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COLUMN

A s k  t h e   E x p e r t
A regular column responding to readers' questions by sharing stories from the offbeat life of coach's coach Dr. Xavier Fink (his mother calls him Melvyn) as his colleagues interact at the sharp end of the business world.

Question: I am using a 360-degree feedback report with one of my clients. How should I translate the results into a behavioral development plan?

Answer: With the greatest of care, even when presented with the simplest of feedback. Always validate your raw data and never try to modify any behavior without understanding its full business logic.

First read the story then consider:

  • What questions should Matilda have asked, and when?
  • Did Matilda do a good job or a bad job?
  • What important differences are there between business coaching and behavioral coaching?

Dr. Fink
Illustration ©
Janet Schatzman 2007

Matilda's Bittersweet Taste of Success
P u t t i n g   F e e d b a c k   i n  C o n t e x t

By Laurence S. Lyons, PhD

"It's the best coaching work I've ever done," she says brightly. "Dr. Fink, I just have to tell you about it."

We're sitting at an airport coffee bar having unexpectedly bumped into each other between connecting flights. Matilda is the most logical, systematic, and intense person I know. Now that she's absorbed in telling her story, I casually take the opportunity to bite into my double cinnamon. Fortunately American Airlines is going to enforce a time limit on this conversation.

Matilda tells me about Frank, the sales director at a medium-sized company. Apparently Frank is a saint except for one major flaw.

"All the data agreed," she says. "Seven people said exactly the same thing. Three different psychometric tests confirmed identical deviant behavior: Frank's great; he just gets distracted in board meetings. He'd turn up late. While the rest got busy talking big issues—like the move to the new building—there was Frank sitting in the corner cuddling his laptop and answering emails. He'd frequently wander out of the meeting, sometimes for as long as 20 minutes, to place some phone call. It drove the rest of them nuts. Naturally, as a great salesman, Frank was always polite. Just absent. As they all said, distracted.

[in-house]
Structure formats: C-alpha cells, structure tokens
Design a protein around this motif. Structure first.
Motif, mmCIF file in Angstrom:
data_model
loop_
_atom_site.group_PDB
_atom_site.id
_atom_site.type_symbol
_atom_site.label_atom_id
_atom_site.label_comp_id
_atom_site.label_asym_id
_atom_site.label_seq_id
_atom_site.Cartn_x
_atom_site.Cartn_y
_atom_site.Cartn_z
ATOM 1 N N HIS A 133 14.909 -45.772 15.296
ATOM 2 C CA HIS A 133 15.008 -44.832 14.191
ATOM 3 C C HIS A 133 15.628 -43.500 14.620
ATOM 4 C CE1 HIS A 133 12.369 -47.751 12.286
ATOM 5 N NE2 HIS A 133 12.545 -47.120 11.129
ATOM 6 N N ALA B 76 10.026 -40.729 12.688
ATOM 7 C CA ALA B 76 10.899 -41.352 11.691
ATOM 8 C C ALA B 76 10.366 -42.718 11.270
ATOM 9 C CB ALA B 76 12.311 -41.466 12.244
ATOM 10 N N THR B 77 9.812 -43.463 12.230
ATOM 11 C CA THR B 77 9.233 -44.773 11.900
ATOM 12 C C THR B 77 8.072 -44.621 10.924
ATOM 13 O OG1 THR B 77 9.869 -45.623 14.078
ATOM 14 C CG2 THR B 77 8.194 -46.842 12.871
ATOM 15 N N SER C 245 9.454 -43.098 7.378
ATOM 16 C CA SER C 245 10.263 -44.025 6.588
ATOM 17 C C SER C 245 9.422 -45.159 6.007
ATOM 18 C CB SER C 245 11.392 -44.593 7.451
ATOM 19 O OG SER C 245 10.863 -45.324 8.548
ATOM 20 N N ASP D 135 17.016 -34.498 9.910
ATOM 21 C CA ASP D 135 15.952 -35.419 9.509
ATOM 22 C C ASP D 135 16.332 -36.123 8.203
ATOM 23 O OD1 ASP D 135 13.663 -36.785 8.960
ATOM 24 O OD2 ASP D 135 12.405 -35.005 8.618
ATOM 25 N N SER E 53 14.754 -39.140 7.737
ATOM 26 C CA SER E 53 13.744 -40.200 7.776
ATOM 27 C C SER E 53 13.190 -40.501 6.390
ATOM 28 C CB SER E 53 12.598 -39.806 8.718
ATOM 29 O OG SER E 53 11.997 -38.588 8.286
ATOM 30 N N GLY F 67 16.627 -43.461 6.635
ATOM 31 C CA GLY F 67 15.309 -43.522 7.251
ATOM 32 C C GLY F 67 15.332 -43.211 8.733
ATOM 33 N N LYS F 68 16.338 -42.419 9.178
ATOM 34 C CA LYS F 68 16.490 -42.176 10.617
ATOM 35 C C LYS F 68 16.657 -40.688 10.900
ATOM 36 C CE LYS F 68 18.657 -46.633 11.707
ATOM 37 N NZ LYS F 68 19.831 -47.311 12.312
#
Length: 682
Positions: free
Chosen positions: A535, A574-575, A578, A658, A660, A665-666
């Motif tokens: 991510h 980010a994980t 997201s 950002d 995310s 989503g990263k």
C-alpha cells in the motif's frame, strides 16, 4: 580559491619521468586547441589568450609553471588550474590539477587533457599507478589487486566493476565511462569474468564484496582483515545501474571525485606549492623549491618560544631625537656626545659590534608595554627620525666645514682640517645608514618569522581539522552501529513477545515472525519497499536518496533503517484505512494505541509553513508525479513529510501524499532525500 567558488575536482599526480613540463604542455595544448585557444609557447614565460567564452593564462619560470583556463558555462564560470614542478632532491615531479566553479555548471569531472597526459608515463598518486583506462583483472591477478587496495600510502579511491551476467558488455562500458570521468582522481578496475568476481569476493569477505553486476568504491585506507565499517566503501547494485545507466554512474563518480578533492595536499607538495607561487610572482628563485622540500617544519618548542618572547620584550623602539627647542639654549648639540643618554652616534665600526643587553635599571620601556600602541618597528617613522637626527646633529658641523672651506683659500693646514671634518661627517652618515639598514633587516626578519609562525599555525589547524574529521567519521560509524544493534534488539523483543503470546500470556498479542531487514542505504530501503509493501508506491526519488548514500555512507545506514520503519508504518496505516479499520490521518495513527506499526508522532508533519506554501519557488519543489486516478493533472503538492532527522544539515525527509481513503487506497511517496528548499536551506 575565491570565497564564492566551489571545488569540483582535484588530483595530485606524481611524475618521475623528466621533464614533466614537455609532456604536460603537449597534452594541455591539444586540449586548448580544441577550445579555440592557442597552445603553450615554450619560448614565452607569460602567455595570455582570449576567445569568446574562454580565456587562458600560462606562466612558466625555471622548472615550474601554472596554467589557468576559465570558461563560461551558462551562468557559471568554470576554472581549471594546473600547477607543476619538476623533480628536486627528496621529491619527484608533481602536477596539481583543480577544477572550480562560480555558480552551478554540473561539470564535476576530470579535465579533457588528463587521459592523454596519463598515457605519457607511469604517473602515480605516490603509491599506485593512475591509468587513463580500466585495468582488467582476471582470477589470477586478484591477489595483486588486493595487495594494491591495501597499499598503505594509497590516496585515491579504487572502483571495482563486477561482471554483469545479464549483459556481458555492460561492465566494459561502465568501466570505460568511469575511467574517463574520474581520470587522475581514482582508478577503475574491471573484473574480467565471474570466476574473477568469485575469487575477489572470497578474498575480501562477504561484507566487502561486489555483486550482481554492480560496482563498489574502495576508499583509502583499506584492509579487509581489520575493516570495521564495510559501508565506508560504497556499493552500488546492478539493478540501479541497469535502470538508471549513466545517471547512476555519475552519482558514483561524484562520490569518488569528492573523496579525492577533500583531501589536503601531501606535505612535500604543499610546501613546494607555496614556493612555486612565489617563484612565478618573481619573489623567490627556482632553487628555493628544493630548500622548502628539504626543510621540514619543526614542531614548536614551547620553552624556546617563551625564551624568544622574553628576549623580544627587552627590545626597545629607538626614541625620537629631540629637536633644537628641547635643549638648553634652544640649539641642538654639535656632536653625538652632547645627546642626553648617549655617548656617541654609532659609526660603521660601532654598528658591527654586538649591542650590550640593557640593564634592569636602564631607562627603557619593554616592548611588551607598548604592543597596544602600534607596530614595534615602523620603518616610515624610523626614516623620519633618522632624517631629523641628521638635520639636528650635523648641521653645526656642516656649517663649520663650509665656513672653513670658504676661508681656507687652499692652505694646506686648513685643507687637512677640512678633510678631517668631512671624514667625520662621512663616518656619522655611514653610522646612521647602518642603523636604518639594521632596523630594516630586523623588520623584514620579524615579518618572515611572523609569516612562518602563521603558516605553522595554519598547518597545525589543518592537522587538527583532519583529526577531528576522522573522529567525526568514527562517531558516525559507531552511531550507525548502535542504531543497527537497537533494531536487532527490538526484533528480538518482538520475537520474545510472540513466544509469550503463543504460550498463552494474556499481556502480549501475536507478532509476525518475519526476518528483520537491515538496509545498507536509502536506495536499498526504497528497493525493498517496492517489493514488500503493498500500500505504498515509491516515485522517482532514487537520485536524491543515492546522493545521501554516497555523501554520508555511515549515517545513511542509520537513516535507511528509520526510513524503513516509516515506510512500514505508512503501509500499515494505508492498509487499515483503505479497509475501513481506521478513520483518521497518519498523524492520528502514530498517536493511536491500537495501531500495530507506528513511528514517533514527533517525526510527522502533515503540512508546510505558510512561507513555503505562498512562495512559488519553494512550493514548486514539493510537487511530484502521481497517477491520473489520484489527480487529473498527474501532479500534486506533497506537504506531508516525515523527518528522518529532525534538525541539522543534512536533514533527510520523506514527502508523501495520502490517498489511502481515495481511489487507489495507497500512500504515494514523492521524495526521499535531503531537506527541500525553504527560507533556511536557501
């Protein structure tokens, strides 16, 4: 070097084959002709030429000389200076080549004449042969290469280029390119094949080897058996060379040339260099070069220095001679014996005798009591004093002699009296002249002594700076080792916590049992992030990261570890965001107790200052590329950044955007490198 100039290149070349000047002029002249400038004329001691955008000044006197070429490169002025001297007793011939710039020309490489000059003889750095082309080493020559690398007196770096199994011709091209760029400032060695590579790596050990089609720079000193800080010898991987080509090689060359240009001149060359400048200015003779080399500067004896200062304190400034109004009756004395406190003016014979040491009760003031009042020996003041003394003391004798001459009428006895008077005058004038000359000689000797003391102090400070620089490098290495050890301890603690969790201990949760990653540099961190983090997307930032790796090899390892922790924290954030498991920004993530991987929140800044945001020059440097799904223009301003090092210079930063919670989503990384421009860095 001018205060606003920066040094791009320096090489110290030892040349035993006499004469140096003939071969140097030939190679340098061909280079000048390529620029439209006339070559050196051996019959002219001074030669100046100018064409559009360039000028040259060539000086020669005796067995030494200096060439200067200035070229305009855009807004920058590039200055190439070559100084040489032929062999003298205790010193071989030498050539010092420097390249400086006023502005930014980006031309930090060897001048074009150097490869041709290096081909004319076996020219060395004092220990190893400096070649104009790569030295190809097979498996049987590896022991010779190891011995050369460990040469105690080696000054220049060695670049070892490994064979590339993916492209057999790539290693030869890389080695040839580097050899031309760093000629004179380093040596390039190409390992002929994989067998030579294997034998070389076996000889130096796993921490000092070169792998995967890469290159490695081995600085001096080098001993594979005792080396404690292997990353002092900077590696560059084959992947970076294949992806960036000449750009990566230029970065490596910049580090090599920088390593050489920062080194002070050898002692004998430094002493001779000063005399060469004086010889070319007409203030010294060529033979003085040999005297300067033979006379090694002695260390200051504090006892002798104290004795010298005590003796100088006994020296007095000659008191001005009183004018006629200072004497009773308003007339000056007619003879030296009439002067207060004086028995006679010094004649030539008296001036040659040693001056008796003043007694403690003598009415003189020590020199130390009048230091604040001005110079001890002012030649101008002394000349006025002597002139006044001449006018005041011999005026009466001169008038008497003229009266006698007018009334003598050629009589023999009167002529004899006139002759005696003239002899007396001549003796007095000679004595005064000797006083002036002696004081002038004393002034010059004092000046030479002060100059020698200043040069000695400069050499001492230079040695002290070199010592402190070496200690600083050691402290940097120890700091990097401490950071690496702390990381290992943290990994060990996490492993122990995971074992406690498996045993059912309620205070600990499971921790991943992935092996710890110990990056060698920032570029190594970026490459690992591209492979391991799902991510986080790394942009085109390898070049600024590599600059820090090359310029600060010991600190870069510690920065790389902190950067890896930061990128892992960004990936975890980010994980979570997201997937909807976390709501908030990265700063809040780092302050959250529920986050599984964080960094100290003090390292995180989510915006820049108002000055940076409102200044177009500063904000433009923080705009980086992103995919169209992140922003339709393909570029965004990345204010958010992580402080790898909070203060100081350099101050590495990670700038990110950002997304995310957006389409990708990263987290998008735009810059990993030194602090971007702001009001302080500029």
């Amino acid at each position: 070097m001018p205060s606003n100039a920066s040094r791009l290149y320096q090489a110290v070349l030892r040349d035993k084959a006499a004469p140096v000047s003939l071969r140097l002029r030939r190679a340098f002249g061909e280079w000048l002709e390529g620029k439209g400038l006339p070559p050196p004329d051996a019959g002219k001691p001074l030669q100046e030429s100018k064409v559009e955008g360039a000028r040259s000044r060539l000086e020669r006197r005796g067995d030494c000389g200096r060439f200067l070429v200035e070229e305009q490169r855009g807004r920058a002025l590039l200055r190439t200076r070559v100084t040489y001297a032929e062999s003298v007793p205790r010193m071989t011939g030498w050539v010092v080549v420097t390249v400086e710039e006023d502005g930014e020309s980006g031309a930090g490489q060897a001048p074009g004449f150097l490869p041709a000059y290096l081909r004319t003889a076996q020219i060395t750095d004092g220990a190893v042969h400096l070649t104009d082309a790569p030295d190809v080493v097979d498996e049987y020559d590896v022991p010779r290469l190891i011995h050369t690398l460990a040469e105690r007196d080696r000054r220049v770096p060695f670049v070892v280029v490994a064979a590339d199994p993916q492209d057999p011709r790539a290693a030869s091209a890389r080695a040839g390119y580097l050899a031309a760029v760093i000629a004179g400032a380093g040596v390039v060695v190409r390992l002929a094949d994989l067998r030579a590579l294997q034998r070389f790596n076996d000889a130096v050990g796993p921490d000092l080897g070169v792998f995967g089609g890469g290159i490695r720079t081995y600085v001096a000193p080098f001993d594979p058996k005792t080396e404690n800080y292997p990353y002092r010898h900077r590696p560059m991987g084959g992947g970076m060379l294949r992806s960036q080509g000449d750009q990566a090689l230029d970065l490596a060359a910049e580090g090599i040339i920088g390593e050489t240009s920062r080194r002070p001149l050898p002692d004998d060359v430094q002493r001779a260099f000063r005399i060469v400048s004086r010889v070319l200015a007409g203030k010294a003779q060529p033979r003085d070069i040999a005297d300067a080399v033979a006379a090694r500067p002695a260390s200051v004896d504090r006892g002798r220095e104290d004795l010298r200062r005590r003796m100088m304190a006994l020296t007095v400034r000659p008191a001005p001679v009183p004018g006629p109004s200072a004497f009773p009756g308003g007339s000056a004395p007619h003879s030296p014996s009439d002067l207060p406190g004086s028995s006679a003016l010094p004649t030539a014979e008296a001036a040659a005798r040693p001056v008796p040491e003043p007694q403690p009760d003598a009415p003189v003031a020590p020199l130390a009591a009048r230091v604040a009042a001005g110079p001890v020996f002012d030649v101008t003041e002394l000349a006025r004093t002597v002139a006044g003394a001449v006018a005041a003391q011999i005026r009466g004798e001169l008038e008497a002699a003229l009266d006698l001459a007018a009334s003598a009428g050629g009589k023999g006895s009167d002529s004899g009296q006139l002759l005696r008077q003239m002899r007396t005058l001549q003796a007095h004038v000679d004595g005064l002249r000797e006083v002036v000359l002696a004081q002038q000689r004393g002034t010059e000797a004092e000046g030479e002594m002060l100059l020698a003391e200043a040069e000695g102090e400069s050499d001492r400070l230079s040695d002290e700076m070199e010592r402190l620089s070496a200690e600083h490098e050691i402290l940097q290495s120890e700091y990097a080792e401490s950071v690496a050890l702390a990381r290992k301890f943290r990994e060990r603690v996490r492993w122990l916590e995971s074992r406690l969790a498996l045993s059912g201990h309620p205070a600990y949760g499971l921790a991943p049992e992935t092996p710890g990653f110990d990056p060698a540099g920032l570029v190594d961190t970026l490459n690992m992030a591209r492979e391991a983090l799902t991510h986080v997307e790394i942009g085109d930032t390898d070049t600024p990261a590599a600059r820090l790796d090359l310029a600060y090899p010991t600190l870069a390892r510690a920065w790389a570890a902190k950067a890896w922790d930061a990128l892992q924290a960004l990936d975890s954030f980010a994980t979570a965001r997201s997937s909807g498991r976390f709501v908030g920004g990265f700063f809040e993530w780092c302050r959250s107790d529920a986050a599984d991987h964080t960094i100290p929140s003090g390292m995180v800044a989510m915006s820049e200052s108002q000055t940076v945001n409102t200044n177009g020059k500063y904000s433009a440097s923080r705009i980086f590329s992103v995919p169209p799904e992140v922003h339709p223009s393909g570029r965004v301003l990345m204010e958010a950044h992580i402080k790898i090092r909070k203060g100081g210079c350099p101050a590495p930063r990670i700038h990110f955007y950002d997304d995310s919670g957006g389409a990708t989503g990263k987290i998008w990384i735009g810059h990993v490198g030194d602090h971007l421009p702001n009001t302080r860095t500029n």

"Everyone around him agreed what was needed—get Frank fully engaged in board meetings. He'd become Mr. Perfect and I'd get to be recognized as a great coach."

Matilda pauses, eyebrows raised, an expectant expression covering her face. Perhaps she's seeking sympathy or my permission to go on? I manage to respond with suitable ambiguity: my body language could equally be taken as a sign of collegial consent or pure contentedness with my delicious Danish.

"So we get straight to work. Of course, he resists at first. Don't they all? He puts up all kinds of stupid arguments about how he's indispensable; he's the rainmaker; how important he is and so on. I wasn't surprised—his profile indicated he had too high an opinion of himself. And his favorite color is yellow! Can you believe that? Most people go for something bold: red, blue, even green. But yucky yellow? Howd'ya figure that?"

I explain that nature has made the human eye most sensitive to yellow, which is why it's used in warning signs. Yellow indicates action. And also danger.

"Anyhow we eventually agree on our coaching contract and arrange the sessions. One hour every Tuesday and Thursday over two months. Half of the meetings had to be on customer premises because that's how Frank likes to work—close to his clients. After eight visits, I'd done it. I'd checked all the boxes. I'd fixed Frank."

"You fixed Frank?" I want to check the factual accuracy of her assertion. "Yes, that's right," she informs me. Matilda confirms that Frank had been well and truly fixed.